“Minding Rights”: Five Questions with David Yezzi
I decided to research the poet, David Yezzi, because I really enjoyed his poem, “Minding Rights.” I found this poem in my Best American Poetry book, and decided to further research David Yezzi and learn more about his career and literary background. David Yezzi was born in Albany, New York and received a bachelor’s degree in theatre from Carnegie Mellon University and a master of fine arts degree in creative writing from Columbia University School of the Arts. David currently works as the chair of the Writing Seminars at Johns Hopkins University. He is the editor of “The Hopkins Review,” and is the poetry editor of TNC. In addition to this, David was a co-founder of the theatre company, Thick Description. In 1998, David was awarded a Wallace Stegner Fellowship from Stanford University. Many of David’s poems have been published in journals including, The Atlantic, Poetry, The Yale Review, The Paris Review, The New Republic, and many more. In addition to his poems, his literary essays have been published in well known journals including, in The New York Times Book Review, The New York Sun, The New Yorker, The Wall Street Journal, and The (London) Times Literary Supplement. A few of David’s poetry works include, “A Stop Before Starting,” “Cough,” “Crane,” “Minding Rights,” “Lazy,” “Itchy,” “The Good News,” “Mother Carey’s Hen,” etc. The poem, “Minding Rights,” was one of my favorite poems that I read this year. It is about a man who purchases flowers everyday, and this individual thinks that he is buying them for his wife, but then realizes that he is buying them for another purpose. This poem is not hard to understand, and is very beautifully written. After reading this poem and enjoying it so much I decided to read more of David’s poems.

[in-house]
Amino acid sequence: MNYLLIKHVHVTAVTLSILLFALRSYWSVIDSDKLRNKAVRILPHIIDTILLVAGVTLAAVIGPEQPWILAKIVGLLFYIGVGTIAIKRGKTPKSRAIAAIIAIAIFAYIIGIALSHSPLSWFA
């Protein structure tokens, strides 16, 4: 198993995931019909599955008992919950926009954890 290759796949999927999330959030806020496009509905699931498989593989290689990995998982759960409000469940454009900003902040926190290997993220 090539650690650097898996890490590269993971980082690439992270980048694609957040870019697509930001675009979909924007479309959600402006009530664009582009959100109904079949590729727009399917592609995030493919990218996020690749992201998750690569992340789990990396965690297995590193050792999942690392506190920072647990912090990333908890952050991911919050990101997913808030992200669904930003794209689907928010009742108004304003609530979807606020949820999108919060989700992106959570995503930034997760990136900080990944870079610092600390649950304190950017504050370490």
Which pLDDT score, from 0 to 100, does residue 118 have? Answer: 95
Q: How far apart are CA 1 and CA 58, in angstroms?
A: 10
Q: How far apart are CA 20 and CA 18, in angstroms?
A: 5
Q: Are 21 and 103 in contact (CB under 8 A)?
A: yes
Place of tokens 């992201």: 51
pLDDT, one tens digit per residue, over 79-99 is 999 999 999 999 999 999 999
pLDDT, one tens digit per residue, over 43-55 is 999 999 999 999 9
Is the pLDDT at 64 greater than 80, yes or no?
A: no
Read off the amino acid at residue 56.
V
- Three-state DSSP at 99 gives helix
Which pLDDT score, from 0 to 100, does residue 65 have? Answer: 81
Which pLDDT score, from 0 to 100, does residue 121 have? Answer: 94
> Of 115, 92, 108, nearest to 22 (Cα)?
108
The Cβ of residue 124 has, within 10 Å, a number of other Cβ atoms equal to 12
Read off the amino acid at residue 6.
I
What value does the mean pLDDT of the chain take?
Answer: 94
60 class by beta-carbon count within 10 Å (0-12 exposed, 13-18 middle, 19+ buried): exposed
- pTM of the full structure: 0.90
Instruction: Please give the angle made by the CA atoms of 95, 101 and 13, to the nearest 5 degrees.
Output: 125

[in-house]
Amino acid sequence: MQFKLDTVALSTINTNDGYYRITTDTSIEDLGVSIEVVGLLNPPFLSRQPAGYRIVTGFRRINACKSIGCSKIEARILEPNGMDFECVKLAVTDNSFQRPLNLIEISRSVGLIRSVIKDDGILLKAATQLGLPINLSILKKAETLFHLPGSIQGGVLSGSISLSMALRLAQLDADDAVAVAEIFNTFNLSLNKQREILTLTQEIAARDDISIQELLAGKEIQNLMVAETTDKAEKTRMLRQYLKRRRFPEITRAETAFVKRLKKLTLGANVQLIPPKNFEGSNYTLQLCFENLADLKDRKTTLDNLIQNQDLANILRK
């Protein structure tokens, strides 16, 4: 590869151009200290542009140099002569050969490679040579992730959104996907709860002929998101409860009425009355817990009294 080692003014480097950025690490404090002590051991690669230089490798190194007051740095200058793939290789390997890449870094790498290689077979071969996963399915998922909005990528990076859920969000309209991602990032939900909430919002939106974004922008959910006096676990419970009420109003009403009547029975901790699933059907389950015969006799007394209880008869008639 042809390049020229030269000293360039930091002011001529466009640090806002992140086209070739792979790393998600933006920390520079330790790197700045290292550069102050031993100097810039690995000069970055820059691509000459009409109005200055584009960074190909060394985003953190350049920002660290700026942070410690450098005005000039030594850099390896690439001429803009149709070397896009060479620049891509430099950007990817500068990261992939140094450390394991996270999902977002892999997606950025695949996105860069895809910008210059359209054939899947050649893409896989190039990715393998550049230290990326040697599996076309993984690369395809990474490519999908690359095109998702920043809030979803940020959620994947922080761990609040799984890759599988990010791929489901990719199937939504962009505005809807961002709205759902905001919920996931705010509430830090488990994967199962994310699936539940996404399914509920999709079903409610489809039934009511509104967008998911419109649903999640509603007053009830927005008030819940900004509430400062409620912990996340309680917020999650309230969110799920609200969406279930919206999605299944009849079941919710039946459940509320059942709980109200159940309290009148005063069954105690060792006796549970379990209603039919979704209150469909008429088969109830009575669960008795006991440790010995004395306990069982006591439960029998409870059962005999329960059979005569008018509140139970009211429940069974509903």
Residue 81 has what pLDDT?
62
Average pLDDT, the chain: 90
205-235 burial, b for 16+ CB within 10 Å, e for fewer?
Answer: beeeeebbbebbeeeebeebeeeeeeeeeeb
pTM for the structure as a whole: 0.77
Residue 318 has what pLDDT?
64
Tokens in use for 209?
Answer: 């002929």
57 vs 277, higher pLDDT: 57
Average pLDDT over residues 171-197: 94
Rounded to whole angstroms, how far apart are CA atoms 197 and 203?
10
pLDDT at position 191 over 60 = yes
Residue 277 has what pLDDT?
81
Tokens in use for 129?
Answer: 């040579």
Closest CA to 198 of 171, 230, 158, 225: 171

I chose to write about the poem, “The Good News,” by David Yezzi. This poem was interesting because in the beginning it seemed very simple, and a brief description of David and his close friend hanging out, but then as the poem continues there is a deeper meaning illustrated. The poem starts out by describing two friends hanging out and drinking, “A friend calls, so I ask him to stop by. We sip old Scotch, the good stuff, order in, some Indian—no frills too fine for him or me, particularly since it’s been ages since we made the time.” After reading this first line I was not sure what the rest of the poem would be about. Clearly these two friends have not seen eachother in a long time and are catching up. The poem all of the sudden gets confusing, “As if remembering then, he spills his news. Though I was pretty lit, I swear it’s true.” His friends spills his news, but the news is never mentioned in the poem, so this made me very curious as to what the good news was. Even though his good news is never mentioned, I still found this poem very interesting because I could easily relate to these two individuals who are reconnecting after a long period of time, and catching up on important things that have happened since they last saw each other. I enjoyed the last line of the poem, “By morning, I couldn’t remember half of what the guy had said, just his good news, my slurred goodbye, the click of the latch, the quiet hall.” This was a good ending to the poem because it accurately described the ending of any adults night after drinking, and the news is mentioned again, without any further detail which makes the poem more interesting.